Have been reading Arthur Zajonc's "Meditation As Contemplative Inquiry: When Knowing Becomes Love" for two reasons. One, his book "Catching the Light" was marvelous. (Blogged about that earlier here). The other reason is that I'm wanting to explore meditation. Here is a quotation from a section:
I have long been attracted to the line by Einstein,“I have never looked upon ease and happiness as ends in themselves...." Happiness is really not the goal of life. Einstein’s life was not a commitment to happiness but a long commitment to inquiry. Goethe’s Faust seals his bargain with the devil Mephistopheles promising to go with him if he, Faust, would ever say to the passing moment, “Tarry, thou art so fair!” In other words, Goethe saw striving, not bliss, as the central core of our humanity. Citing Augustine, Thomas Merton described human development as proceeding not in steps but via a sequence of “yearnings.”66
And later, Zajonc says:
And later, Zajonc says:
Of course, I am not advocating suffering, but it is intrinsic to a life rightly lived. Struggle and suffering are inevitably associated with aspiration and compassionate concern. After all, compassion literally means “to suffer with.”
A few days later, was reading one of Brian McLaren's more recent books,
"Naked Spirituality: A Life with God in 12 Simple Words." And, his thoughts follow the above and expand.
Sooner or later we need to accept two truths that both the book of Genesis and the theory of evolution teach us: life isn’t supposed to be easy, and struggle can lead to growth. In Genesis, God creates a universe characterized neither by fully ordered stasis nor complete chaos, but rather by order and chaos in dynamic tension. In that matrix, we experience the stresses of struggle, change, and competition that challenge us to evolve, to grow, to become.
The apostle Paul says that we celebrate our sufferings, because they produce in us endurance, which in turn produces character, which in turn produces hope, which in turn makes us receptive to the outpouring of God’s love in our hearts (Rom. 5:3–5).
The apostle James, as we have seen already, says we should receive trials into our lives with joy, because, again, trials work like a fertilizer for the growth of character (1:2–4). Without trials, we would be morally sterile, lacking qualities like endurance, maturity, and wisdom.
There are days, of course, when we wish there could be some other system. We wish there could be a way of developing patience without delay, courage without danger, forgiveness without offense, generosity without need, skill without discipline, endurance without fatigue, persistence without obstacles, strength without resistance, virtue without temptation, and strong love without hard-to-love people. But it turns out that there is no other way. The Creator has created the right kind of universe to produce these beautiful qualities in us creatures. And among these beautiful qualities is interdependence—the ability to reach out beyond ourselves, to ask for help from others and from God, and to offer help as we are able. The whole shebang is rigged for mutuality, for vital connection. The theory of evolution teaches the same lesson. If survival were easy, species wouldn’t develop new adaptive features. If survival were stress-free, there wouldn’t be 20,000 species of butterflies, 300 species of turtles, or 18,937 species of birds (at last count). In fact, there would be no butterflies, turtles, or birds at all, because it was stress, struggle, challenge, and change that prompted the first living things—slimy blobs in a tide pool somewhere—to diversify, specialize, adapt, and develop into the wonders that surround us and include us now. Seen in this light, evolution isn’t a grim theory of “nature red in tooth and claw” it depicts the planet as a veritable laboratory for innovations in beauty and diversity, fitness and adaptability, complexity and harmony.2 It renders the earth a studio for the creative development of interdependence in ecosystems or societies of life. Put beauty, diversity, complexity, and harmonious interdependence together and you have something very close to the biblical concepts of “glory” and shalom.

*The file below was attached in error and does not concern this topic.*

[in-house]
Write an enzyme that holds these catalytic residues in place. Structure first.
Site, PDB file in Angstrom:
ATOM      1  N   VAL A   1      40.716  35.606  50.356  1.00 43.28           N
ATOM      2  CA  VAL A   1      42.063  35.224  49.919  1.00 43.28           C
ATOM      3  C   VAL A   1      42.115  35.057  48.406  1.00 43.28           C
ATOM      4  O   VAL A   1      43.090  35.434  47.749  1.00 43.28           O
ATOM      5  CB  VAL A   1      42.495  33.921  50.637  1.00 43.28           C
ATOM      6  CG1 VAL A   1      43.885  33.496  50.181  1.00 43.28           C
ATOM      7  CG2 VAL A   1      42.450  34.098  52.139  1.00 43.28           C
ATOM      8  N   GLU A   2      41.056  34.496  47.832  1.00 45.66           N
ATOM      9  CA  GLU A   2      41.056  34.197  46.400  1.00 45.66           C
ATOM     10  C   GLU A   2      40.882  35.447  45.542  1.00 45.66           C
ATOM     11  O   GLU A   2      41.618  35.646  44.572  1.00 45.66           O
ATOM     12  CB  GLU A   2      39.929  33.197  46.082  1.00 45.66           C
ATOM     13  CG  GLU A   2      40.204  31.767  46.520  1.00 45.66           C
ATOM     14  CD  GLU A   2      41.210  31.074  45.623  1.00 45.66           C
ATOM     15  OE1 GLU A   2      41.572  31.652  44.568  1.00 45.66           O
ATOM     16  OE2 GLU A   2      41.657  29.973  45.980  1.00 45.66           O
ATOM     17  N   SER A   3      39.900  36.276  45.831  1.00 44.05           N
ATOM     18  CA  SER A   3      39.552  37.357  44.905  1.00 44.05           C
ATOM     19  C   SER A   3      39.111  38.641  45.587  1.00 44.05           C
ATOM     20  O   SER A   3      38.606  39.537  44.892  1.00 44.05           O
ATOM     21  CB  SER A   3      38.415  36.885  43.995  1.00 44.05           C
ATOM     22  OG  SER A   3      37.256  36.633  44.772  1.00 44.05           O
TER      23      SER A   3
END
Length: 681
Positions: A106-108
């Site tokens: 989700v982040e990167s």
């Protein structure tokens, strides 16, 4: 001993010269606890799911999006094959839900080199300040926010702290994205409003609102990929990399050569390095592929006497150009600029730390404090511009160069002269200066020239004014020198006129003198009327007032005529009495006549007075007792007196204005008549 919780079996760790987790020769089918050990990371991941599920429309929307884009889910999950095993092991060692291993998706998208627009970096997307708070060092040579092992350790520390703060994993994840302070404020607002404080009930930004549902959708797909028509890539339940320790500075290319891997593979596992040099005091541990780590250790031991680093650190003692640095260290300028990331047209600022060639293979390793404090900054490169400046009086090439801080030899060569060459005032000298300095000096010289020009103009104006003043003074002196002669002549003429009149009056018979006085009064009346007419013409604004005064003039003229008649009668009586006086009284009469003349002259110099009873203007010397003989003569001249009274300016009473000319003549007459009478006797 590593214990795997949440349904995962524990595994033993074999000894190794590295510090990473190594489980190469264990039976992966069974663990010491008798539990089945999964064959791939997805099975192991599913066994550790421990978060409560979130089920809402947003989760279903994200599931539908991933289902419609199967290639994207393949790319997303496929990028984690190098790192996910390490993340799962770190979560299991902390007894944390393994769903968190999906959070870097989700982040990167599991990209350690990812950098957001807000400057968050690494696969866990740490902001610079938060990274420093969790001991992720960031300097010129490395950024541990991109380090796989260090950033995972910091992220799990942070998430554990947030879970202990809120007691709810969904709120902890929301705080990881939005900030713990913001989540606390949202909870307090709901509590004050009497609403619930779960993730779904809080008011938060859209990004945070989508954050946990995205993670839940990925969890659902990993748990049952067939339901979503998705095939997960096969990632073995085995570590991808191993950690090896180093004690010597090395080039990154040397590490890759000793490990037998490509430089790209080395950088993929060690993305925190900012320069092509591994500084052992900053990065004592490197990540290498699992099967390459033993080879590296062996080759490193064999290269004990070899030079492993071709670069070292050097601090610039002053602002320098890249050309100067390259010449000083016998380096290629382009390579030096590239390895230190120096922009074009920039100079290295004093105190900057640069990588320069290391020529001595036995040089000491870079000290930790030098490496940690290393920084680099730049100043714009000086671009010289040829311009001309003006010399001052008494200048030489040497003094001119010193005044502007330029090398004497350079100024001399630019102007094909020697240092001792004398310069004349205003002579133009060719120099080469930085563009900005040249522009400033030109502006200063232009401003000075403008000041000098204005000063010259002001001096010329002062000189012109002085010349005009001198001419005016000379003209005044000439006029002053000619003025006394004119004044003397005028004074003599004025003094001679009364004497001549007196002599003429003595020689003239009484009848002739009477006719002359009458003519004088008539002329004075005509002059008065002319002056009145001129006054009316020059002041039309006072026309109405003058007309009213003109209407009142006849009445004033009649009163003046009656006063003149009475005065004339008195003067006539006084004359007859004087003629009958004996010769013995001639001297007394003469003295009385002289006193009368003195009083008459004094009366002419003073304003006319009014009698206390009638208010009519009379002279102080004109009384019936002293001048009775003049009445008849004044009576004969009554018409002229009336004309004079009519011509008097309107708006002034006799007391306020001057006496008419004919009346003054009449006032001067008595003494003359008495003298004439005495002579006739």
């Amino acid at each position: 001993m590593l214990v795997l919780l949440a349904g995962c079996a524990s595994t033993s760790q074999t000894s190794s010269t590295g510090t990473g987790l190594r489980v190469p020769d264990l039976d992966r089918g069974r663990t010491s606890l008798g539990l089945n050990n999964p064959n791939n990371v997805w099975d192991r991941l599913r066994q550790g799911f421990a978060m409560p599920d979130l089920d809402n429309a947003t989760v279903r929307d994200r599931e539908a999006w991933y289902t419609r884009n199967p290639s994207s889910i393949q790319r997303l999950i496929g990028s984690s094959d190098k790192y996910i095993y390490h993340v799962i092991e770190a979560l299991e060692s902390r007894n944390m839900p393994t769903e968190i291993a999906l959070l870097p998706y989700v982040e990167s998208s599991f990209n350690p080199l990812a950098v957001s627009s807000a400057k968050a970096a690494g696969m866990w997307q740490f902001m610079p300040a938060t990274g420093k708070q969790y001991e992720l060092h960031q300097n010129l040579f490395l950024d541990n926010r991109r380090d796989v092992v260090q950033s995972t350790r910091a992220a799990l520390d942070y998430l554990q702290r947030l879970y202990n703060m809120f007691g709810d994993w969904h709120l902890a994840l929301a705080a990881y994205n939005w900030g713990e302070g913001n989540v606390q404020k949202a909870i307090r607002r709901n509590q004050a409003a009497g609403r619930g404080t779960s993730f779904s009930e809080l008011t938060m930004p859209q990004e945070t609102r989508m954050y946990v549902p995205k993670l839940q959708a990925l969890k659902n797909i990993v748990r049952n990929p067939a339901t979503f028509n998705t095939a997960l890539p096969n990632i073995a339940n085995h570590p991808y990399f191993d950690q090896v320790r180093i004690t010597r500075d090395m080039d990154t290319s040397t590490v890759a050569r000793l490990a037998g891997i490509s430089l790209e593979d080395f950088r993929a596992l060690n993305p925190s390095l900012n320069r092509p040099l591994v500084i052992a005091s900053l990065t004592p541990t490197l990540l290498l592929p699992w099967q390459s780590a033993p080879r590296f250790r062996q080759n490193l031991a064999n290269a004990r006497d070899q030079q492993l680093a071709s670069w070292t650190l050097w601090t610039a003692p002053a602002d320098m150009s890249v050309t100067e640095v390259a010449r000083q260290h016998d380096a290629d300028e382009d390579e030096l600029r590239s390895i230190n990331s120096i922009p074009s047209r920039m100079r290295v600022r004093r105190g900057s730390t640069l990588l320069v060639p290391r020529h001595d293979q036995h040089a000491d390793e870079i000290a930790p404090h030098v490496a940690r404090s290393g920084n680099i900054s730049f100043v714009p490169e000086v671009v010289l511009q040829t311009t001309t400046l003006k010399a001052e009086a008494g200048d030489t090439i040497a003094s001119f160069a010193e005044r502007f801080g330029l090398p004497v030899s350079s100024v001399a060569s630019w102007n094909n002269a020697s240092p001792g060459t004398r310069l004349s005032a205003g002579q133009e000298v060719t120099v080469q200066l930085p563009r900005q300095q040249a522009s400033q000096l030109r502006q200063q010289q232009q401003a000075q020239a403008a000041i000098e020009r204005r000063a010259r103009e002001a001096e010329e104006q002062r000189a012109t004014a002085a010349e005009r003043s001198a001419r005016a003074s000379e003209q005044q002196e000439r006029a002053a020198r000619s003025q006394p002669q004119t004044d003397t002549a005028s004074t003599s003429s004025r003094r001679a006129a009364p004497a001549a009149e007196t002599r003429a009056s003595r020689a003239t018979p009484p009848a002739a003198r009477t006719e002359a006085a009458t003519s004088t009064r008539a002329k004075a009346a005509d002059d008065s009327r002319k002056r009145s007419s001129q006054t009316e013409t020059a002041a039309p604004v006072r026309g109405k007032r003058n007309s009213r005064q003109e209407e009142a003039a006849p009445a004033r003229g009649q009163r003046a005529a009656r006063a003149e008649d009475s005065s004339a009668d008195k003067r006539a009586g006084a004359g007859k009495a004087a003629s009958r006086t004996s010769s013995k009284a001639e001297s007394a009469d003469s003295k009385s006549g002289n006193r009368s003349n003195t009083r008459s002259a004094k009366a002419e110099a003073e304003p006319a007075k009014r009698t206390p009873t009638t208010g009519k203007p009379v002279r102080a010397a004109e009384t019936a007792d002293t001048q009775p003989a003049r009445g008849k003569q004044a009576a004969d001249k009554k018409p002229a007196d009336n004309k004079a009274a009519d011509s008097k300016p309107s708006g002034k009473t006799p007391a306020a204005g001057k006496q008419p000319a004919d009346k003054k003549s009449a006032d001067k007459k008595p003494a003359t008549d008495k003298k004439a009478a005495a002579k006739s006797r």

So both science and faith tell us that we find ourselves in a universe whose preset conditions challenge us to ongoing growth, development, and connection.